Wendler, T.; Lasser, T.; Ziegler, S. I.; Scheidhauer, K.
Freehand SPECT/US: new approach for intraoperative hybrid imaging of sentinel nodes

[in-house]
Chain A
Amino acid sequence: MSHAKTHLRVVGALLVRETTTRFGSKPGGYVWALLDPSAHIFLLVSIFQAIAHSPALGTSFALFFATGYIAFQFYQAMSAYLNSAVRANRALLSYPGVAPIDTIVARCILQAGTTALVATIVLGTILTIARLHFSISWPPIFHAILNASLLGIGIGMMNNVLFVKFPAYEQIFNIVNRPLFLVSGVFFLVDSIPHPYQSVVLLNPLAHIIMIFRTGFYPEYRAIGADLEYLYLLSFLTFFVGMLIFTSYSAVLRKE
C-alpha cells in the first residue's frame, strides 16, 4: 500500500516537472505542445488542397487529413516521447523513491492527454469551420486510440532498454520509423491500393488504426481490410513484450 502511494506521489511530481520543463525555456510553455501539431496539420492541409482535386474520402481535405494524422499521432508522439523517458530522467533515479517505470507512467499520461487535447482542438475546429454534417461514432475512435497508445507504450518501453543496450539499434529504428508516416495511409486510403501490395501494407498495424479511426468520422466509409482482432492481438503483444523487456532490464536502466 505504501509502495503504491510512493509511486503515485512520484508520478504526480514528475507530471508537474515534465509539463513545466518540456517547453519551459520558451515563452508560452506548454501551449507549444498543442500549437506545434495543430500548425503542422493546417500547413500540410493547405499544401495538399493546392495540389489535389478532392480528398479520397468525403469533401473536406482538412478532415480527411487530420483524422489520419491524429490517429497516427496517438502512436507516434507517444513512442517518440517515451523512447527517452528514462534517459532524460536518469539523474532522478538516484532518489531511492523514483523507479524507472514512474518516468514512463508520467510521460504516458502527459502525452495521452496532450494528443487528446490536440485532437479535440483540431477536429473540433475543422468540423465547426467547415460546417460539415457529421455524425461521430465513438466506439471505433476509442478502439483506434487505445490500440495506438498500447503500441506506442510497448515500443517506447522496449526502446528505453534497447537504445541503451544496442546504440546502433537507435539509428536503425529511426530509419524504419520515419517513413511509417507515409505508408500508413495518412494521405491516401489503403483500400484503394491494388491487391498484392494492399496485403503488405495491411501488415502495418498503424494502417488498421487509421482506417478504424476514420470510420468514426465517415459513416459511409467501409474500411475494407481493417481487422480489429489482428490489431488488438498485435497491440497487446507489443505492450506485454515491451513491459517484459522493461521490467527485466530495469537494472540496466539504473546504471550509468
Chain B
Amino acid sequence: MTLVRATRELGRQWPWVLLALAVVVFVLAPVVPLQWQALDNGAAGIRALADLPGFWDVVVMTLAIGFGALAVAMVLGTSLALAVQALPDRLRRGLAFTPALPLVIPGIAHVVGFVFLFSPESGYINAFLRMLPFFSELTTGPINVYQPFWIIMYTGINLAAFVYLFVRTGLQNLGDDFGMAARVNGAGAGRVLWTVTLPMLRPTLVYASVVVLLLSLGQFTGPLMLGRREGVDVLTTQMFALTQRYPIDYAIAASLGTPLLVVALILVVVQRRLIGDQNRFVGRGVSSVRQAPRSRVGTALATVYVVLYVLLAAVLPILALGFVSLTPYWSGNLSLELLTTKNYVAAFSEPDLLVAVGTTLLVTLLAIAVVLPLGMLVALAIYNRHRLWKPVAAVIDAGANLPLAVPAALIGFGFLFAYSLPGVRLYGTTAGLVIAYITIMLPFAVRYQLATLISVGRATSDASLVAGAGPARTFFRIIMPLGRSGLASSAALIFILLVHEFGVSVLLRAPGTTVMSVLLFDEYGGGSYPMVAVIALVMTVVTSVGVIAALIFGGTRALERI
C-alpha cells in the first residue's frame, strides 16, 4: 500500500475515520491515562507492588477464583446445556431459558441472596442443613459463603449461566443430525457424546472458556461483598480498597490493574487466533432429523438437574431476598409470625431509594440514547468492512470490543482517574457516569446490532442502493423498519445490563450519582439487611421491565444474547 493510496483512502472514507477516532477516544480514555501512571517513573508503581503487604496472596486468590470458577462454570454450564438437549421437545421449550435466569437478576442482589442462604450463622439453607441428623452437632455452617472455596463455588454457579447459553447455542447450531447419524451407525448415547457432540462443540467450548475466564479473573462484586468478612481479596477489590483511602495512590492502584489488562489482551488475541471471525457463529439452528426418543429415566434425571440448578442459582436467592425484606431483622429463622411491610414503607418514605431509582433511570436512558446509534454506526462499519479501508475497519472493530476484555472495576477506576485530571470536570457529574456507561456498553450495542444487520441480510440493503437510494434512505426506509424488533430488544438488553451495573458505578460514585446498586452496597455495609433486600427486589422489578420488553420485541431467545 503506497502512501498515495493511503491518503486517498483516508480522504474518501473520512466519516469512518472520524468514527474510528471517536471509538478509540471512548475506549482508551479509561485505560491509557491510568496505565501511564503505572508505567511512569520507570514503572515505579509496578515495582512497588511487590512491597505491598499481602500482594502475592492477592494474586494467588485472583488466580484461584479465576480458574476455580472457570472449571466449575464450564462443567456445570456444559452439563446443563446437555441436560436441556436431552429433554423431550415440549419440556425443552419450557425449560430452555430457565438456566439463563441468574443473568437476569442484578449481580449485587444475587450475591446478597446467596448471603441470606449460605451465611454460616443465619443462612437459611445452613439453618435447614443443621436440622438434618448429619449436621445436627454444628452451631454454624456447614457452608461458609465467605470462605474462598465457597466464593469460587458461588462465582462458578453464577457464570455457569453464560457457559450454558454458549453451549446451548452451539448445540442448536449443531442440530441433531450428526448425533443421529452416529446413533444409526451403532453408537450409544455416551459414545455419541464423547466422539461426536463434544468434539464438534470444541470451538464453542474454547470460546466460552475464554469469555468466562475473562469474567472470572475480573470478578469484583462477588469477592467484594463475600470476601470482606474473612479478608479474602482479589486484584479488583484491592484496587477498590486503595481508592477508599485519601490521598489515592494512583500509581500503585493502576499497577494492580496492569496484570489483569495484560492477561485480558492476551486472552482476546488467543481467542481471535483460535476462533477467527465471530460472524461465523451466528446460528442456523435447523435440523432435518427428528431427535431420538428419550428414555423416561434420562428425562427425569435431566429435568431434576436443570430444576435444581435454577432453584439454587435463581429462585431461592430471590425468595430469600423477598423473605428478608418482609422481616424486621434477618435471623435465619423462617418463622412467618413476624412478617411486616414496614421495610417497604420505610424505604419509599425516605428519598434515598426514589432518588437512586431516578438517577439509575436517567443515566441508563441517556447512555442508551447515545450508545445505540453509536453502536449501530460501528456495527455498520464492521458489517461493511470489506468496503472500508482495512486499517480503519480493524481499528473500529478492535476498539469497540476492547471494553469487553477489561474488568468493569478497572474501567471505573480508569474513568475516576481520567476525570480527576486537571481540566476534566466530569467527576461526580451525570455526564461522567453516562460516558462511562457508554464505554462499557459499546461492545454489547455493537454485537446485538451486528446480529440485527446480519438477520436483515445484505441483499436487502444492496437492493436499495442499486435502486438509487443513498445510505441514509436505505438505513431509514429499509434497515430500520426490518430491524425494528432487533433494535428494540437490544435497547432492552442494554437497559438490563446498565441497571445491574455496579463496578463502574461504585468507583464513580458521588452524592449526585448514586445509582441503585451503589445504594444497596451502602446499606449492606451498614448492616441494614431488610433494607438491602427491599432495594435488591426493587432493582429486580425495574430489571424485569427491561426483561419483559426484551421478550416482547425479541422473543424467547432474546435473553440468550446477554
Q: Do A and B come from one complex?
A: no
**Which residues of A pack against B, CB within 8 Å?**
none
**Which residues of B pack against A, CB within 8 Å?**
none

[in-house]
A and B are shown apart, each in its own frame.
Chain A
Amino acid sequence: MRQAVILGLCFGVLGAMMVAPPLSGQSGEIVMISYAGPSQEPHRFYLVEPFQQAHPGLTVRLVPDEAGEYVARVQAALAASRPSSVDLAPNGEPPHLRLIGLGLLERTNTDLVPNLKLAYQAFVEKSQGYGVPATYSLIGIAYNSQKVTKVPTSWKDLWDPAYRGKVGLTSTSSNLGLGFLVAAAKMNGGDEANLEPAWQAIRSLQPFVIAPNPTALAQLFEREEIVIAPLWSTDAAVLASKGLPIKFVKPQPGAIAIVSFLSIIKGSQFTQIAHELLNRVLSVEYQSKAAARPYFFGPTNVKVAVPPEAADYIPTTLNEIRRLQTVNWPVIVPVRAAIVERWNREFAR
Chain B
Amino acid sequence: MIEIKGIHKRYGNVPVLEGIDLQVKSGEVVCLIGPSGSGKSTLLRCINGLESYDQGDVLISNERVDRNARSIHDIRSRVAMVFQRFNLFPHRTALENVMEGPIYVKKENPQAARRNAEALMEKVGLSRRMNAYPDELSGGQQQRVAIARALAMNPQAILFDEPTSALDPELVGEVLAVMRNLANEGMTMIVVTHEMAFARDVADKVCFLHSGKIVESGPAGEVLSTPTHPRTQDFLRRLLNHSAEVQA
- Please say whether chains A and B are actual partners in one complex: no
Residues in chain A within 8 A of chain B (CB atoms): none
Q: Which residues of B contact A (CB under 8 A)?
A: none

AIM: Development and evaluation in phantom setup of system for hybrid imaging of sentinel nodes based on freehand SPECT and 2D US. MATERIALS & METHODS: A freehand SPECT system (capable of 3D intraoperative SPECT in small body regions) was extended by a module for real-time positioning of the US probe relative to the freehand SPECT system (optical positioning system) and synchronized input of the U S video. US calibration using single wall calibration method was performed with a calibration error of less than 2mm. Optical positioning data allowed calculation of oblique plane of US in coordinates of 3D freehand SPECT imaging. The information was then used to generate a real-time fused visualization of the 2D US with overlaid freehand SPECT data (radioactivity overlaid in color on US grayscale B-mode image, similarly to Doppler images). In a first phantom experiment 3 radioactive nodes (each 250kBq, 5mm diameter spheres) and 3 n on-radioactive nodes (5mm diameter spheres) were implanted in a phantom at 1-4 cm depth (phantom size 15x15x6cm3). After freehand SPECT imaging (6min acquisition covering 4 sides, 5x5x5mm3 voxels, 20i of adapted MLEM for freehand SPECT), the phantom was scanned with US probe. The centroids of the radioactive nodes in the US plane and in the freehand SPECT images were compared in several screenshots. RESULTS: The fused visualization allowed intuitive localization of radioactive nodes and easy differentiation of non-radioactive nodes. No artifacts were present. The deviation of the centroids was below 5.2mm for all 3 radioactive nodes (average 3.4mm, SD 1.4mm). CONCLUSIONS: This preliminary experience shows that hybrid imaging is feasible with freehand SPECT/US system. Evaluation of the system in humans can be then performed as a next step in a preoperative setup. This kind of devices may open new alternatives in sentinel node biopsy in particular in complex anatomies like pelvis, abdomen and head and neck area. ACKNOWLEDGEMENTS: This research was partly funded by the DFG’s SFB-824, TUM's GSISH and %NOP% SurgicEye %NOP% GmbH.